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First Time Out With Baby?

We've got tips from a pro.

An infant carseat with a newborn in it rests on a hardwood floor in a kitchen with a blanket and a pacifier. Next to the car seat are two bags. One is green and blue, the other is black.
Photo credit: Getty Images
A six month old male child in a blue shirt and khaki pants is held in the air by his parents who are facing away from the camera. Ther mother has long dark hair and a blue shirt and the father has a green shirt. They are outside surrounded by trees.

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I was four hours behind schedule. I had planned on a 10:30am outing, but then there was an unexpected poop and a not so quick change, followed by an hourlong nursing session, after which my newborn son, Jack, fell asleep for over an hour. Then another poop change followed, of course, by another feeding and burping.

 a woman in a red tshirt and jeans sits on a couch with a cat on her lap and newborn in her arms. She raises her tshirt over her breast for the baby to feed.
Photo credit: Courtesy of Alisa Schindler

By the time I pulled my hair back and straightened my spit up-stained maternity tee, it was after 2:30 in the afternoon. But I was determined. I had been homebound for almost three weeks; the July heat too much for Jack. And to be honest, I did not feel remotely capable of getting it together for an outing before then. I had been up every two hours or so round the clock. I was exhausted and overwhelmed. I waited each night, my mouth foaming with excitement, for my husband to walk through the door so I could escape to a shower.  Half the time I never even made it to the bathroom, just plopping down on the bed instead, too tired to move or even sleep.

Just having my baby home with me was incredibly overwhelming, and everything I did seemed to reinforce the feeling that I had no idea what I was doing.

Turns out, how I was feeling was very normal. But when you’re going through it, it certainly doesn’t feel that way. I spoke with pediatrician Dr. Minu George, who offered some advice on how to handle the challenges that come with taking a baby out for the first time. Here’s what she suggests:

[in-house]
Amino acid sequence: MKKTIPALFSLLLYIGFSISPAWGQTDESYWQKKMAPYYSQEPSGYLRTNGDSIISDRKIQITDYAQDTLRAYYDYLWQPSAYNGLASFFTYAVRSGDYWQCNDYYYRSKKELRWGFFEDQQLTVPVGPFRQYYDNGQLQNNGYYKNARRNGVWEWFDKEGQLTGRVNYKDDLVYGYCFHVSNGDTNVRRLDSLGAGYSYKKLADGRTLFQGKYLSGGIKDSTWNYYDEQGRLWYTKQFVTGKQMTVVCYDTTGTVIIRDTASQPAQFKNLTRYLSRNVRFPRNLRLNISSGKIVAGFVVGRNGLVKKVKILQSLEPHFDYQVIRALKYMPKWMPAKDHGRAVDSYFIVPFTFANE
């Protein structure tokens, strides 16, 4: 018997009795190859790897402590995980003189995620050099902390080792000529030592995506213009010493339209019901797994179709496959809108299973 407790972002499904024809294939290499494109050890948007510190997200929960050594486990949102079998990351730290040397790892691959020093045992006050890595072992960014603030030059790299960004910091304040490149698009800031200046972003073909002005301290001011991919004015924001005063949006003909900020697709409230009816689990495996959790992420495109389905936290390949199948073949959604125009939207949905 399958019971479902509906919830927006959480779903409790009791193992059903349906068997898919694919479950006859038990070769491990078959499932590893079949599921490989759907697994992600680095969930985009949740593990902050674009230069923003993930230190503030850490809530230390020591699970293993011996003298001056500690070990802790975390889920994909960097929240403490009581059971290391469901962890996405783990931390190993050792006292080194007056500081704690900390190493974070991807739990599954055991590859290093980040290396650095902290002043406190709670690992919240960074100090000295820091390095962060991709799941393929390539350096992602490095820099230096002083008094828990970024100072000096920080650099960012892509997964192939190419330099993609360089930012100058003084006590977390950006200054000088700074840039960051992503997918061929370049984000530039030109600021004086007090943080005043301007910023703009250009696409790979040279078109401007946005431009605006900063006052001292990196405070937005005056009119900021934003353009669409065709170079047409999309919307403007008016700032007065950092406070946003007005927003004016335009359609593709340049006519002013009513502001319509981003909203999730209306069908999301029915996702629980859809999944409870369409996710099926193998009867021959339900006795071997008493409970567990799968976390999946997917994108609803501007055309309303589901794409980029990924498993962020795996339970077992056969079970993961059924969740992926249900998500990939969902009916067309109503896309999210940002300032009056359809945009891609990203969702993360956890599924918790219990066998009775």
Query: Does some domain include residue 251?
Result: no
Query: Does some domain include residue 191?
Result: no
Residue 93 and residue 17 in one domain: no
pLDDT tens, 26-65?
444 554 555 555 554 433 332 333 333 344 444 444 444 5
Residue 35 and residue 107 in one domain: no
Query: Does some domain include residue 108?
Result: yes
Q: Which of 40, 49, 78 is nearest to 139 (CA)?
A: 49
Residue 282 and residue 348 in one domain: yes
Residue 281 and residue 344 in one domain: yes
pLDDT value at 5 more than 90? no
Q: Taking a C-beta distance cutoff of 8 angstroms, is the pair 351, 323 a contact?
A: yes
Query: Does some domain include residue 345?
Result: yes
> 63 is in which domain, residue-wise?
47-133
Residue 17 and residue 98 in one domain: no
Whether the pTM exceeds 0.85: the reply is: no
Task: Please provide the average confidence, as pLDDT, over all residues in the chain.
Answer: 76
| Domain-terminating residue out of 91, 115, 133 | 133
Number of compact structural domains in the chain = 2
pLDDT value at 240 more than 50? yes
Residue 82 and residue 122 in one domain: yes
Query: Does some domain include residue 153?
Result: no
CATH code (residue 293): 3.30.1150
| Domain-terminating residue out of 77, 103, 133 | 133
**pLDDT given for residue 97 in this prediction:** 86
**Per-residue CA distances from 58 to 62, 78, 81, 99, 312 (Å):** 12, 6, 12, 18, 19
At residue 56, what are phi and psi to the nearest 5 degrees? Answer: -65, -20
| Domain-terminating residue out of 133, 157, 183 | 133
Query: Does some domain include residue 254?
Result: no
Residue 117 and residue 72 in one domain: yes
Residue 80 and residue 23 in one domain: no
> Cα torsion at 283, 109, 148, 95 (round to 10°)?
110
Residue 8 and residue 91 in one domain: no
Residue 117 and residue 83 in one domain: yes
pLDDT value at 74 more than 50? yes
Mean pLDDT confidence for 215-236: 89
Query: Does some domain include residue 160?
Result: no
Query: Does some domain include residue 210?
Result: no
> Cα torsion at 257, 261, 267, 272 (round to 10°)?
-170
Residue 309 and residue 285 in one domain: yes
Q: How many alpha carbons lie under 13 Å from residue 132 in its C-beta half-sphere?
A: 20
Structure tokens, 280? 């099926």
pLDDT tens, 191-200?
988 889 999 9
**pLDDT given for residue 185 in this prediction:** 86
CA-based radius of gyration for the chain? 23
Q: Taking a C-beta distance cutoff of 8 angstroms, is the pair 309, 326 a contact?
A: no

Breathe and take it all in

“Take everything in, ask lots of questions and enjoy this new experience,” Dr. George says. Having a newborn is a stage that flies by and if you don’t take a moment to really take it in, you’ll miss it. My oldest son is now a teenager and I wish I had been able to talk to Dr. George all those years ago. Now I’m busy staring down the barrel at college applications, driver’s permits and teenage crushes and wondering where those delicious moments with my babies went.

Take time for yourself

Dr. George suggests doing nice things for yourself, like having a cup of tea or taking a bath when you can. My personal “Mommy Time” preference? Closing my eyes and doing some deep stretches. It calmed me during particularly stressful times. But Dr. George cautions that extreme anxiety can be a sign of something more serious: “Postpartum depression can be a problem for new moms. We screen for it at all pediatric visits up to four months of age and have lots of available resources to help if we see you’re struggling.”